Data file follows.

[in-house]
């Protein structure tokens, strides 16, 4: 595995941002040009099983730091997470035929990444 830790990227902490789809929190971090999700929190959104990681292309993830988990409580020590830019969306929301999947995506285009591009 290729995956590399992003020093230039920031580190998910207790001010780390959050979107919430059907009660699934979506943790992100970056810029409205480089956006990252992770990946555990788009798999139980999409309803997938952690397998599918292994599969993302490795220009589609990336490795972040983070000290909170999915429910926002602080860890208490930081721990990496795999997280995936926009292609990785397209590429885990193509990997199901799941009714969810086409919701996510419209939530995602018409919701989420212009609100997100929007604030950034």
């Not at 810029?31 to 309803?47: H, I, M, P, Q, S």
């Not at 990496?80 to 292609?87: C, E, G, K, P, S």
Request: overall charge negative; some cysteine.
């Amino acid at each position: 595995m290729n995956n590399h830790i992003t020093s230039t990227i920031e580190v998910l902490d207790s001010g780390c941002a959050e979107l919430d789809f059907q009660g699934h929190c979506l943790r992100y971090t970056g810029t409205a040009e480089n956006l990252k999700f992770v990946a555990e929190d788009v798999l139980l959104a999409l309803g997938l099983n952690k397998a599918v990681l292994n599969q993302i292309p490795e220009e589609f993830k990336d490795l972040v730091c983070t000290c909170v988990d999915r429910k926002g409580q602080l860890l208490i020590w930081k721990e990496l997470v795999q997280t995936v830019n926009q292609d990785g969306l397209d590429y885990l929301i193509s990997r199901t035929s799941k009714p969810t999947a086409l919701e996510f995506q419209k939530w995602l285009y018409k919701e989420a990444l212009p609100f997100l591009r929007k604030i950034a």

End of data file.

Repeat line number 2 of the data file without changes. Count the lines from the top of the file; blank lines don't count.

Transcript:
């Protein structure tokens, strides 16, 4: 595995941002040009099983730091997470035929990444 830790990227902490789809929190971090999700929190959104990681292309993830988990409580020590830019969306929301999947995506285009591009 290729995956590399992003020093230039920031580190998910207790001010780390959050979107919430059907009660699934979506943790992100970056810029409205480089956006990252992770990946555990788009798999139980999409309803997938952690397998599918292994599969993302490795220009589609990336490795972040983070000290909170999915429910926002602080860890208490930081721990990496795999997280995936926009292609990785397209590429885990193509990997199901799941009714969810086409919701996510419209939530995602018409919701989420212009609100997100929007604030950034």